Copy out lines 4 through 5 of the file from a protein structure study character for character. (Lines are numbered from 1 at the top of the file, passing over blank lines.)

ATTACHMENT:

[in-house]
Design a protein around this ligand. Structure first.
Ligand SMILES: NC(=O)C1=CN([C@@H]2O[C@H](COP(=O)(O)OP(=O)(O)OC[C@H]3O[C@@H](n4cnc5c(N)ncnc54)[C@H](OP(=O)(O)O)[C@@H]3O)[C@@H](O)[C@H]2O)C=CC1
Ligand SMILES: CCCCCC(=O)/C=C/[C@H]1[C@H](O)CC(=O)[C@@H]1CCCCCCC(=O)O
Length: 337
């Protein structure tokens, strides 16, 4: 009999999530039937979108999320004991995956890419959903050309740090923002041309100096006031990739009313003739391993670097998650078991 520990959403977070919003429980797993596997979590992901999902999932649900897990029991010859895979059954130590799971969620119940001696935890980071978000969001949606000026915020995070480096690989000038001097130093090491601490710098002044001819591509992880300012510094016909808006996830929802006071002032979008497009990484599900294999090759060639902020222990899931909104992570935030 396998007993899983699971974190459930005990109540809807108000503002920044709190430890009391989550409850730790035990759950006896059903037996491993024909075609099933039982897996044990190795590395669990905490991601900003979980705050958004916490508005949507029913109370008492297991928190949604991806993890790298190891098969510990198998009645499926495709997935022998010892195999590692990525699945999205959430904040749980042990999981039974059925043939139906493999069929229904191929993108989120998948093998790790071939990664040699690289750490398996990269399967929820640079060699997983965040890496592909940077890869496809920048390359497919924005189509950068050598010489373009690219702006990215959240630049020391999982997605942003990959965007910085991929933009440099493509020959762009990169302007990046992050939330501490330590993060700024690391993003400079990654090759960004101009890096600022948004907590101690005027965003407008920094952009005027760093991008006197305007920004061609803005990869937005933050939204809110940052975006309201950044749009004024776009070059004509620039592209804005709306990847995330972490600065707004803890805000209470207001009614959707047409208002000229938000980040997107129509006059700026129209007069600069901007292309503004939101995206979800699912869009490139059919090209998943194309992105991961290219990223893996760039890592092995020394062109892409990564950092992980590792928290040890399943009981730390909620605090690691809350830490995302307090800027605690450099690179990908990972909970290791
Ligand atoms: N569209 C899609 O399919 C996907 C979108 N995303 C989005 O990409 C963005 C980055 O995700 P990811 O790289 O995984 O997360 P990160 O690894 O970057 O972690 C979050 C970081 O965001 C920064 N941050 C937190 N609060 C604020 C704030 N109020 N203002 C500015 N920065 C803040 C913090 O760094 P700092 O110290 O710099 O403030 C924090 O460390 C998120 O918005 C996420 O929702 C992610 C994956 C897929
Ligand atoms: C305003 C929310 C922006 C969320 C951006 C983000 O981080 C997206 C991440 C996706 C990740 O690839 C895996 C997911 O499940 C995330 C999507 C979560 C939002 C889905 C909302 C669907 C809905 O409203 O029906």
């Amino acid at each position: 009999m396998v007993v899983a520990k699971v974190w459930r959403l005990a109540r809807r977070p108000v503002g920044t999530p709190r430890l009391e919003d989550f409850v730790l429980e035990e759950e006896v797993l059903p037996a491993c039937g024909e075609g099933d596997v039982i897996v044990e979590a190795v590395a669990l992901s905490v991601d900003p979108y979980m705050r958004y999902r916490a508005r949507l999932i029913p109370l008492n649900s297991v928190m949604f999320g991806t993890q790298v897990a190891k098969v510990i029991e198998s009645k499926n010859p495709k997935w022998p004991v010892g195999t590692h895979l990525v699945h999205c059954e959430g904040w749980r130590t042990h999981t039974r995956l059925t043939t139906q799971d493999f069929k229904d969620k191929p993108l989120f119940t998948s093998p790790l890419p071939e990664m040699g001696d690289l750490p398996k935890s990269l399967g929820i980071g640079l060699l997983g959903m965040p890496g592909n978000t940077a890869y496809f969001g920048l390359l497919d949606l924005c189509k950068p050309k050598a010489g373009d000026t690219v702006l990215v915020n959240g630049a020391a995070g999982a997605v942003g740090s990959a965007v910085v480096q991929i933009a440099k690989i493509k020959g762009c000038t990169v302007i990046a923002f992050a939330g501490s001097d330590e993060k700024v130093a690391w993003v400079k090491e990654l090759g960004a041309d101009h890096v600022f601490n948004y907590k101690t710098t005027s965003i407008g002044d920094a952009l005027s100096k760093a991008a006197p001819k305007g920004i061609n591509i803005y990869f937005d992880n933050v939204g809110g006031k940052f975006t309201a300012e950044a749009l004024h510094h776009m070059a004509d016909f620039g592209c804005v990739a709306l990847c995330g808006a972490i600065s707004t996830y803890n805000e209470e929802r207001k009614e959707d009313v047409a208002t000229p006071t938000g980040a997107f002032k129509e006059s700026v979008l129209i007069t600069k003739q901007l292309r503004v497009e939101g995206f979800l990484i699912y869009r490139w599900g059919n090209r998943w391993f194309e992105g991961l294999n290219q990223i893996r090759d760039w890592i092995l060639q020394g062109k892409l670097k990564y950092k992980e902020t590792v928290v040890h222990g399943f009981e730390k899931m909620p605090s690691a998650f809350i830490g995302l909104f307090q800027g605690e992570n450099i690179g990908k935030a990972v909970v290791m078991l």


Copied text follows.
Ligand SMILES: CCCCCC(=O)/C=C/[C@H]1[C@H](O)CC(=O)[C@@H]1CCCCCCC(=O)O
Length: 337